In a survey on Statista, Aaron O’Neill published statistics of the youth unemployment rate in Pakistan from 1999 to 2020. According to it, in 2020, the estimated unemployment rate of the age group 15-24 is 8.54%.

This small 8.54% is enough to cast a shadow of worry on all the students working to build their career, but what’s alarming is that over the last few years, the saturation has only increased. Our country is still struggling to strengthen its economy and unfortunately, that often leads to an abundance of applicants fighting for the same single spot. And with all these handful spots getting filled, and less than half of them getting empty, it’s obvious to see how soon in a decade or so, if our economy remains stagnant, we’ll reach complete saturation.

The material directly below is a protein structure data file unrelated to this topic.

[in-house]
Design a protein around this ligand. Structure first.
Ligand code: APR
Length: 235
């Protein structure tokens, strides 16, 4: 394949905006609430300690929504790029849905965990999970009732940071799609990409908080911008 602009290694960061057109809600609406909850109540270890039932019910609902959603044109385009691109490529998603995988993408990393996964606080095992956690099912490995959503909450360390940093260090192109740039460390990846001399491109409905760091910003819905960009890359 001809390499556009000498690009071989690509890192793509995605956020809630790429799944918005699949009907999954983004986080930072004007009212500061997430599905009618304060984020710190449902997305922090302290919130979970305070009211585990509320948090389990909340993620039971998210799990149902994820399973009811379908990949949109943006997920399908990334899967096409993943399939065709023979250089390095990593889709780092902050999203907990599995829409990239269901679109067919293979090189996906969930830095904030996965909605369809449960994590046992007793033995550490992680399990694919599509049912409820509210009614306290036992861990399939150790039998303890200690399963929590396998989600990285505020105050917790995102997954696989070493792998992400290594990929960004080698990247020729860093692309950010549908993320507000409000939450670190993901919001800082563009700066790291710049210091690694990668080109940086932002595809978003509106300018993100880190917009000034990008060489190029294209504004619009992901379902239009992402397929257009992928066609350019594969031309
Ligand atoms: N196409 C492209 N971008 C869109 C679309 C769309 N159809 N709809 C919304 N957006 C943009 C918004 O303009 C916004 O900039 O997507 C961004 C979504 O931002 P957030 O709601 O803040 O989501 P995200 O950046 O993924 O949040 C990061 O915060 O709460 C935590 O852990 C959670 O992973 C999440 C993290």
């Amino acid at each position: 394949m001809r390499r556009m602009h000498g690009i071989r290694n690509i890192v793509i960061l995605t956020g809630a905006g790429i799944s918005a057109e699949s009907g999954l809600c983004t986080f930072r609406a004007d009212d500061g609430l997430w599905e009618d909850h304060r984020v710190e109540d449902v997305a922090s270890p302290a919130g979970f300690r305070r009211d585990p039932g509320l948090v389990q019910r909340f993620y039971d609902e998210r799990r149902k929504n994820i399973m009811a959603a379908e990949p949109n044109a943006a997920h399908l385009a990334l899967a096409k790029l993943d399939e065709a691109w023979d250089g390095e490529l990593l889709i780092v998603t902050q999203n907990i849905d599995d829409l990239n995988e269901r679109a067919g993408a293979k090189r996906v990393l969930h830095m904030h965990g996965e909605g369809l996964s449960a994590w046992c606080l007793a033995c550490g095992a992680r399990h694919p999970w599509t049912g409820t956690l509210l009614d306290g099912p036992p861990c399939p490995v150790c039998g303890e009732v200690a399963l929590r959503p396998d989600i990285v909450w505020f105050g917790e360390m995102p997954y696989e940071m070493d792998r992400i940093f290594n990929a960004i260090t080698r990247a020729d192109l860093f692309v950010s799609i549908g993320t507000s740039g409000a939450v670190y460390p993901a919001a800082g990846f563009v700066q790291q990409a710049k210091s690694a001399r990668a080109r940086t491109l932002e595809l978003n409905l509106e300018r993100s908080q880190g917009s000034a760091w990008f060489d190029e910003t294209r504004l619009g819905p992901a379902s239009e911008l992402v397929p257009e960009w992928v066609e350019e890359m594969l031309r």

There’s this local proverb, “Necessity is the mother of invention”. And true be it in this case.

Unemployment may have closed many doors for some people. But it also opened a lot more for others. Our educational system often tends to lean towards the superiority of cramming and textbooks and sometimes leaves little space for creative inventors. So when they’re asked to make a job choice amidst saturation, some of them divert a little from those ‘well-made tracks’ and choose to build a work environment with their own set of rules.

While interviewing Aleeza Javed, co-founder along with Mahnoor Haroon of their business World of Creatives, she mentioned the reasons why she chose to start her own business;

“An entrepreneur has a vision of its own and can work around achieving its own set goals. I always thought of doing something of my own and hence I never did a job and always worked for what I wanted to build.”